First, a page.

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Baltimore CBP Seizes Nearly $13K in Unreported Currency

Release Date: 
April 21, 2012

Baltimore - Customs and Border Protection (CBP) officers at Baltimore Washington International Thurgood Marshall Airport (BWI) seized $12,400 Thursday from a Nigerian woman for violating federal currency reporting regulations.

The passenger, who arrived to BWI from London and was destined for Maryland, repeatedly declared possessing only $8,000. While examining the passenger's luggage, CBP officers discovered additional U.S. and foreign currency in a camera case. The final count was $12,400 in U.S. currency and the equivalent of $648 in foreign currency.

There is no limit to how much currency travelers can import or export; however federal law requires travelers to report amounts exceeding $10,000 in U.S. dollars or equivalent foreign currency.

CBP officers seized the $12,400 and returned the foreign currency to the passenger for humanitarian relief. CBP officers also advised the traveler how to petition for the return of her seized currency. After consultation with U.S. Immigration and Customs Enforcement's (ICE), Homeland Security Investigations (HSI) special agents, she was released pending further investigation.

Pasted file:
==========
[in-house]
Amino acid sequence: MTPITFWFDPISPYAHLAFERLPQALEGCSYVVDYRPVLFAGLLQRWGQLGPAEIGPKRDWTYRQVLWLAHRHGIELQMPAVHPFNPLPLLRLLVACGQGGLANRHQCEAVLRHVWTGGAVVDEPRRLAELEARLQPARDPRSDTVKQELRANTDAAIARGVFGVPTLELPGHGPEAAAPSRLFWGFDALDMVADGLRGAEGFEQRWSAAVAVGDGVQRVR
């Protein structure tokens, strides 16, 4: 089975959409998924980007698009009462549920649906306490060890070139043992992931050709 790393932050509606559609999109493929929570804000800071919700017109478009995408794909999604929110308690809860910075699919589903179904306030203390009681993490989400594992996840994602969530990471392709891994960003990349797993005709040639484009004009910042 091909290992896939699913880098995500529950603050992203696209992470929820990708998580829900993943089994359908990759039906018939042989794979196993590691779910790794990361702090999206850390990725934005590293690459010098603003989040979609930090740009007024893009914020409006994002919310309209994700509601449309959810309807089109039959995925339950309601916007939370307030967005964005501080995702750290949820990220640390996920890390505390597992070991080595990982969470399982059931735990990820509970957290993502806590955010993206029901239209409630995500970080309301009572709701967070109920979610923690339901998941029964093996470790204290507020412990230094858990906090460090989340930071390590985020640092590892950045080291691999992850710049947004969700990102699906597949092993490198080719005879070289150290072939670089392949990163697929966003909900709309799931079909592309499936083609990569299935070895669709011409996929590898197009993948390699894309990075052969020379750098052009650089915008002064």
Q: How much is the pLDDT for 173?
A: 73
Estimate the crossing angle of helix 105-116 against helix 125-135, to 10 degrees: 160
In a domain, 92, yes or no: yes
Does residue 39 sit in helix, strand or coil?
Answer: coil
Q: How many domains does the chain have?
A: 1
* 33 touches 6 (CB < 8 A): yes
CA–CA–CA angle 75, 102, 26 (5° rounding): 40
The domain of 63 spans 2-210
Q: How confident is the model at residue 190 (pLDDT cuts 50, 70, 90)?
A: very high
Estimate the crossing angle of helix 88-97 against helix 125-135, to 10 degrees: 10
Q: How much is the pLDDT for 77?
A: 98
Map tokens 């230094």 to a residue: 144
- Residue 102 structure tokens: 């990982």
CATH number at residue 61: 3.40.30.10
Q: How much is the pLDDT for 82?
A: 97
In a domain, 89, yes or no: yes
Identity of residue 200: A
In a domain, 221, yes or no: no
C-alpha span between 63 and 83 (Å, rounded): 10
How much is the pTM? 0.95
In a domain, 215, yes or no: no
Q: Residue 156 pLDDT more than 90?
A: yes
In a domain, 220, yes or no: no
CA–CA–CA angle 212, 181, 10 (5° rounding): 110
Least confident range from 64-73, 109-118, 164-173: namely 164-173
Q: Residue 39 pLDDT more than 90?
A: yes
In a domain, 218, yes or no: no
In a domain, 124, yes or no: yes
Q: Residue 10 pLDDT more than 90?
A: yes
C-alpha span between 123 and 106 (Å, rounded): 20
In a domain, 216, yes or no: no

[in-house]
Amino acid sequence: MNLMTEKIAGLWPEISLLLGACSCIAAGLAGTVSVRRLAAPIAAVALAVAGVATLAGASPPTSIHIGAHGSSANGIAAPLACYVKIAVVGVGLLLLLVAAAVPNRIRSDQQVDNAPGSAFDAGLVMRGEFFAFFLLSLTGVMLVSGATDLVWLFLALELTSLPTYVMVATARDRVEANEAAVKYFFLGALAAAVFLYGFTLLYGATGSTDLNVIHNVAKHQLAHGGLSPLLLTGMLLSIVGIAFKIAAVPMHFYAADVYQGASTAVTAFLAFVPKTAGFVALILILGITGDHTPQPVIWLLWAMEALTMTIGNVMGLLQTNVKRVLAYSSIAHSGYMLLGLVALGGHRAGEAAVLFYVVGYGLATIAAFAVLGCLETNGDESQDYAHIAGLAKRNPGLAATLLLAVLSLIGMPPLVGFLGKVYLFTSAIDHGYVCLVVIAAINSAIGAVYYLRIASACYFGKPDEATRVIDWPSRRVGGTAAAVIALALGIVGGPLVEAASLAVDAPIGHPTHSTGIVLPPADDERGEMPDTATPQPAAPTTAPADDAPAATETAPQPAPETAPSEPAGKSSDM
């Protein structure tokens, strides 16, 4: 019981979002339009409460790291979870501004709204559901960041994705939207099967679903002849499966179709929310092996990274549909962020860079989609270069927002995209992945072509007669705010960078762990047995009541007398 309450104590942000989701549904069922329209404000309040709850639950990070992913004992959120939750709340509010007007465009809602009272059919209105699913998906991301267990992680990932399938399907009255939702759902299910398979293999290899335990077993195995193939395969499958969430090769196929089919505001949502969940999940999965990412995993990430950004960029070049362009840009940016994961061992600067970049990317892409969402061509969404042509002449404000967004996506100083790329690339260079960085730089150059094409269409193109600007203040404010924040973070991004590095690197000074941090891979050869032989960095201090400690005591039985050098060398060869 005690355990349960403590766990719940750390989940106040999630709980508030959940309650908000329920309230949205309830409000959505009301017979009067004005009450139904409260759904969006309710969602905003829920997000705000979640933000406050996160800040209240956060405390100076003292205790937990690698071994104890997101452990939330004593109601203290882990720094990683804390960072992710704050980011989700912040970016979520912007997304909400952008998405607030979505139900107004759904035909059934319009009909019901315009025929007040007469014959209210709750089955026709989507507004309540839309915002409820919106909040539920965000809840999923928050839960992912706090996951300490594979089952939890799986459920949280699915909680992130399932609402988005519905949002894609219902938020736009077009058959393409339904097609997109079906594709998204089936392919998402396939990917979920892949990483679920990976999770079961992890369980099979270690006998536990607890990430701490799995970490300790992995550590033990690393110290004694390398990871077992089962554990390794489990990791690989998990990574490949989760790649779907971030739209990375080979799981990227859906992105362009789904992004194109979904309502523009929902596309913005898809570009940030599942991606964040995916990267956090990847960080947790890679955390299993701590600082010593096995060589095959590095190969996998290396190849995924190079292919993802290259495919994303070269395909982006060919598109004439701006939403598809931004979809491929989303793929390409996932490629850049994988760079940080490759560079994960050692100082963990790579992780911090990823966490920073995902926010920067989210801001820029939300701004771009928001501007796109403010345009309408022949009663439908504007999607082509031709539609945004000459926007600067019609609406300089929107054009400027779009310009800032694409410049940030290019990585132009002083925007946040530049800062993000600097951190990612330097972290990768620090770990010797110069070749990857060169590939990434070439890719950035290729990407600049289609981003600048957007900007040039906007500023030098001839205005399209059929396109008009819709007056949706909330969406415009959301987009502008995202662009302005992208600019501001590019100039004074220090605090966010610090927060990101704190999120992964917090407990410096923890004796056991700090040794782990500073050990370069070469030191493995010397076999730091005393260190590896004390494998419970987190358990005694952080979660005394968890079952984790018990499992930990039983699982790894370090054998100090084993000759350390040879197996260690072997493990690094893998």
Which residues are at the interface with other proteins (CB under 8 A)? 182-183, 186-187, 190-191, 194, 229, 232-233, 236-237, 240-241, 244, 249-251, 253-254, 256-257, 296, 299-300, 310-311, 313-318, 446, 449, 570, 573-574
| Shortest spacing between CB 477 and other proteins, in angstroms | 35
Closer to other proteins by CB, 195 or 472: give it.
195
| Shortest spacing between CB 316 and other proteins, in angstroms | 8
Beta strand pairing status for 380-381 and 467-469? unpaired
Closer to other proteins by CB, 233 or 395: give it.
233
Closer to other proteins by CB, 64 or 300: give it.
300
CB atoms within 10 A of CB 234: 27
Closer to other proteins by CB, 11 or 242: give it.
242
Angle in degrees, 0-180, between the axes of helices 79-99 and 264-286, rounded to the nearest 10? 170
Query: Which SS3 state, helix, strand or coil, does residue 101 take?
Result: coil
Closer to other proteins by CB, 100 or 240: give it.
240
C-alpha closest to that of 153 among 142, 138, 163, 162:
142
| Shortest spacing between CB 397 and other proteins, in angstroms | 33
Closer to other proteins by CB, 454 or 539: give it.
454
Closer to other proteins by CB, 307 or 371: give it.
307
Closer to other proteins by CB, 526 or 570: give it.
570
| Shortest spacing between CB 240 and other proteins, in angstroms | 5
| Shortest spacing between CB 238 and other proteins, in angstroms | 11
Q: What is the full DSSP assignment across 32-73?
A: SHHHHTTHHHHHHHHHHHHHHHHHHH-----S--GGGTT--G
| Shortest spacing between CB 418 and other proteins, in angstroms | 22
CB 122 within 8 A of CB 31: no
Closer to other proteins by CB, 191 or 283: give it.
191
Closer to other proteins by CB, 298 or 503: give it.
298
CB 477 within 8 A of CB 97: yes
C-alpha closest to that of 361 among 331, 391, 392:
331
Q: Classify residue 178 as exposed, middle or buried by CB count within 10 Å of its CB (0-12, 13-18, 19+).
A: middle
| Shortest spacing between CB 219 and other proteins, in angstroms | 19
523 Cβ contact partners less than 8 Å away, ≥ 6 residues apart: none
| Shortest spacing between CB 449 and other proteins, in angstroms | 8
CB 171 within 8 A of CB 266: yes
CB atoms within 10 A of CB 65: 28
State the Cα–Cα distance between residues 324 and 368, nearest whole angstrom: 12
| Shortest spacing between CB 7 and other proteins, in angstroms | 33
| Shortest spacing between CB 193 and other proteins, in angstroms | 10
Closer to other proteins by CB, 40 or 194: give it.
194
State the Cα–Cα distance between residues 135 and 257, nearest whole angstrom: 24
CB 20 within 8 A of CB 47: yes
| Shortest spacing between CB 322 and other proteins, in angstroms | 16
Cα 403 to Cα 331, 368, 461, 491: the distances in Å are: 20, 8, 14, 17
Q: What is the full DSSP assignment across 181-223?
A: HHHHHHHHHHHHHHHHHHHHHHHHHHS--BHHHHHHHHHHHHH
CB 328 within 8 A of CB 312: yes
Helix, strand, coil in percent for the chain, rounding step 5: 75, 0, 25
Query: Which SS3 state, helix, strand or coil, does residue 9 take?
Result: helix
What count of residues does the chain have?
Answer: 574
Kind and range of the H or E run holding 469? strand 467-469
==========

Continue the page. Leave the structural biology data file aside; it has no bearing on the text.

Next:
"Travelers who refuse to comply with federal currency reporting requirements run the risk of having their currency seized, and may potentially face criminal charges," said Frances B. Garcia, Acting CBP Port Director for the Port of Baltimore. "The traveler was given multiple opportunities to truthfully declare her currency. The easiest way to hold on to your currency is to report it."

In addition to narcotics interdiction, CBP routinely conducts inspection operations on arriving and departing international flights and intercepts currency, weapons, prohibited agriculture products or other illicit items.

Travelers are encouraged to visit CBP's Travel website at to learn rules governing travel to and from the U.S.

The Privacy Act prohibits releasing the traveler's name since she was not criminally charged.

Last modified: 
February 3, 2021